The First NFT Billionaires, Daymond John’s Last Mission, and More for Small Business Owners

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NOTon-fungible tokens, or NFTs, are sweeping the world. Used to track ownership of unique digital assets like music and art, many entrepreneurs have taken advantage of it. Two even became billionaires.

Meet Devin Finzer and Alex Atallah, the co-founders of New York-based blockchain startup OpenSea and the world’s first NFT billionaires. Users of their peer-to-peer platform can create, buy and sell NFTs, while OpenSea takes a 2.5% discount on each sale. A recent funding round values ​​the company at $13.3 billion, up from $1.5 billion just six months ago. Forbes estimates that the founders, who both have an 18.5% stake in the company, are worth around $2.2 billion each.

Kiat Lim, the son of Singaporean billionaire Peter Lim, has also been swept up in the NFT madness. Lim has teamed up with Elroy Cheo, a scion of the family that owns edible oil company Mewah International, to launch a private digital community called ARC. The app, which counts Asian entrepreneurs, venture capitalists, Web3 developers, cryptocurrency experts and social influencers among its members, uses NFTs to authenticate memberships.

What will be the next big thing in the NFT world? Only time will tell, but the possibilities are wide open for startups, entrepreneurs, and small businesses.


Spotlight on History

CEO of FUBU and shark tank TV personality Daymond John has been a salesman throughout his career. His core product, his brand, is inspiration, and he’s on a mission to channel his efforts to support black entrepreneurship.

Key quote: “I take a good part of my day to pray, and I say an extra prayer when I go on stage. I have to work my ass off to inspire people. —Daymond John, CEO, FUBU


Forbes Must-Reads

The past two years have been tough for many, but especially for small business owners struggling to stay afloat during the pandemic. According to a Capital One Business survey, some 42% of small business owners have recently experienced burnout. The recent omicron surge, along with rising inflation, the Great Resignation, and poor work-life balance, have left many people exhausted. Still, 63% of small business owners expect business conditions in their sector to improve in 2022.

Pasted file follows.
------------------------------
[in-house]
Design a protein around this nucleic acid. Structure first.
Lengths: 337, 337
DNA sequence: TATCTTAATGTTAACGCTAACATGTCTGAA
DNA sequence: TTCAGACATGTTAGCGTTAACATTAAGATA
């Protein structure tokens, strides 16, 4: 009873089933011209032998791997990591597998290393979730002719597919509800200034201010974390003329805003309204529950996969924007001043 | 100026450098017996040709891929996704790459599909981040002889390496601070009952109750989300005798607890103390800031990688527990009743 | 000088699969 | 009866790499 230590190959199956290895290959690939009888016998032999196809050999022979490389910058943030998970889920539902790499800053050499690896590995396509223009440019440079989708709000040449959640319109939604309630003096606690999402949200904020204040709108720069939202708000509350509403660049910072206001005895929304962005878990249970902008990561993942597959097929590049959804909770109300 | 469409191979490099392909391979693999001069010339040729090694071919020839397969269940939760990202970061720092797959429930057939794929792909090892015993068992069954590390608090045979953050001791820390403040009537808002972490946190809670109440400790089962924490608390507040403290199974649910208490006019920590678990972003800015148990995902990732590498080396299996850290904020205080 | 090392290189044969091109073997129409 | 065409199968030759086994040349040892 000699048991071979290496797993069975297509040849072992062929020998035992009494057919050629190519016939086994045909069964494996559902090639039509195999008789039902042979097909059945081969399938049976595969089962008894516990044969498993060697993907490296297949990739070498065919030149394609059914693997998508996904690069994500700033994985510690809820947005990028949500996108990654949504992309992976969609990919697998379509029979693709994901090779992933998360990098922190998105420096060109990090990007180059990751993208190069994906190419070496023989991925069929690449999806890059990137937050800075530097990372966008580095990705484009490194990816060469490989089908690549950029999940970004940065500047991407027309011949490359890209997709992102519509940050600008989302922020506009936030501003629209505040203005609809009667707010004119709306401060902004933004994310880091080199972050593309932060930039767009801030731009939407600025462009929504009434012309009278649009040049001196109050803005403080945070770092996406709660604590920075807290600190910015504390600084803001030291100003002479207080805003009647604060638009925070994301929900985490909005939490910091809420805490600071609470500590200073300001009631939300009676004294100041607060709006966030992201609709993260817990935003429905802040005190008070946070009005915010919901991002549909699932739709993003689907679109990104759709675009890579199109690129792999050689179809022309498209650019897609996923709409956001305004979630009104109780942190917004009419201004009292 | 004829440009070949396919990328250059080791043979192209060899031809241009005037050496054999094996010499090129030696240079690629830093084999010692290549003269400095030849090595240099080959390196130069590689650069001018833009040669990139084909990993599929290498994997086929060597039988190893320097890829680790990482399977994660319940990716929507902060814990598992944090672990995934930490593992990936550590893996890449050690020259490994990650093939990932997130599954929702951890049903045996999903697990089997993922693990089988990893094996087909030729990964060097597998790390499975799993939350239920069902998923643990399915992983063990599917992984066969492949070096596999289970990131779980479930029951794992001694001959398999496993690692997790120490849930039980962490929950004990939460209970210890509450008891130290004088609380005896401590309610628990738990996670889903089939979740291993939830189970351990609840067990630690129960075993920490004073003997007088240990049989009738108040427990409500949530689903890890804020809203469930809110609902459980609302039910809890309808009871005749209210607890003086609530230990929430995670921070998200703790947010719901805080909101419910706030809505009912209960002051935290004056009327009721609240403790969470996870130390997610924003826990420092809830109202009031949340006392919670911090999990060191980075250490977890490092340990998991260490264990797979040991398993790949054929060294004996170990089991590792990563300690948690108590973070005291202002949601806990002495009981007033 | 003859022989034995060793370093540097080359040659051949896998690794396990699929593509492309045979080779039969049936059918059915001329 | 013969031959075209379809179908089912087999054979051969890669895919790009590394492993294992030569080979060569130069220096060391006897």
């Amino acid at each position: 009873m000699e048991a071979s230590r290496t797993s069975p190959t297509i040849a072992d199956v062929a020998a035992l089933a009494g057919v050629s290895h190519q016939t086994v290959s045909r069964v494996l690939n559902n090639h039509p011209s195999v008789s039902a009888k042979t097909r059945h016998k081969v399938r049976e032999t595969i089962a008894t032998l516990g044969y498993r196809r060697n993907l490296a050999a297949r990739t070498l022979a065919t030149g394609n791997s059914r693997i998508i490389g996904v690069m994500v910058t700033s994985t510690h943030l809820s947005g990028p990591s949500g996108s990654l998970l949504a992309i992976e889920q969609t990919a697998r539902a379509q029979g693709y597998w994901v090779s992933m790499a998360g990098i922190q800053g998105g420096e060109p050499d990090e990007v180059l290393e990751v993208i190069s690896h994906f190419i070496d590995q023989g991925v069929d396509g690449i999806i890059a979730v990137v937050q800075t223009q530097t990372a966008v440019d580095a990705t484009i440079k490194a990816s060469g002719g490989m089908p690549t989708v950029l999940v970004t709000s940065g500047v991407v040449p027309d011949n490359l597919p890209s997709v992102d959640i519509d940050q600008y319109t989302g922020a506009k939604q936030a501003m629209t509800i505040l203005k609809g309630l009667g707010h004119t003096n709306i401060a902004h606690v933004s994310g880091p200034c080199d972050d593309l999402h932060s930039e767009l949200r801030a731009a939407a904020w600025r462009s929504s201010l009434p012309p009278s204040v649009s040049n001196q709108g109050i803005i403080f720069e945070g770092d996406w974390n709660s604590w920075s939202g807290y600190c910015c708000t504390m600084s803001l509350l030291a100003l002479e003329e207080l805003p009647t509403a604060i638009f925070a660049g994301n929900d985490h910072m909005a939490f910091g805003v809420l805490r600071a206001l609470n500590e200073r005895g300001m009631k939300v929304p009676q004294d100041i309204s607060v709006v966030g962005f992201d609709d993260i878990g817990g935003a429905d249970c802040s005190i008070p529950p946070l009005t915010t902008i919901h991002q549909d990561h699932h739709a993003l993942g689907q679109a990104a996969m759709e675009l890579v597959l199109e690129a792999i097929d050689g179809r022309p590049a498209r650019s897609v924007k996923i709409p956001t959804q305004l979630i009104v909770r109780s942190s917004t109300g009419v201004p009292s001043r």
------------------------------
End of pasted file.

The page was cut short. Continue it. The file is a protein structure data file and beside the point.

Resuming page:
Small business loan approval rates are slowly rising, writes Forbes Contributor Rohit Arora. Small business loan approval percentages at large banks rose from 14.2% in November to 14.3% in December, while over the same period small bank approvals rose from 19 .9% to 20.1%, according to the Biz2Credit Small Business Lending Index. Loan approval rates remain below pre-Covid approval levels just two years ago.

The funding challenges Main Street has faced during the pandemic have made clear the importance of finding new routes to capital. Small business banking platform Novo recently raised $90 million in funding to help small businesses manage their cash flow by giving them access to funds faster than before. Here are more small business tech news you should know about.

Experts predict that by 2025, cybercrime will cost the world more than $10.5 trillion a year, putting entrepreneurs and business owners at risk. Protect your business by using two-factor authentication and training staff on cybersecurity threats. On the occasion of Data Protection Day on January 28, here are some security practices to adopt in 2022 to strengthen your online security.

Imagine running a business while relaxing on a lounge chair in the Caribbean or exploring the cobblestone streets of Rome with an ice cream. Becoming an independent contractor or digital nomad gives a person the freedom to work anytime and anywhere. Here, 10 entrepreneurs share their advice on running a freelance business.

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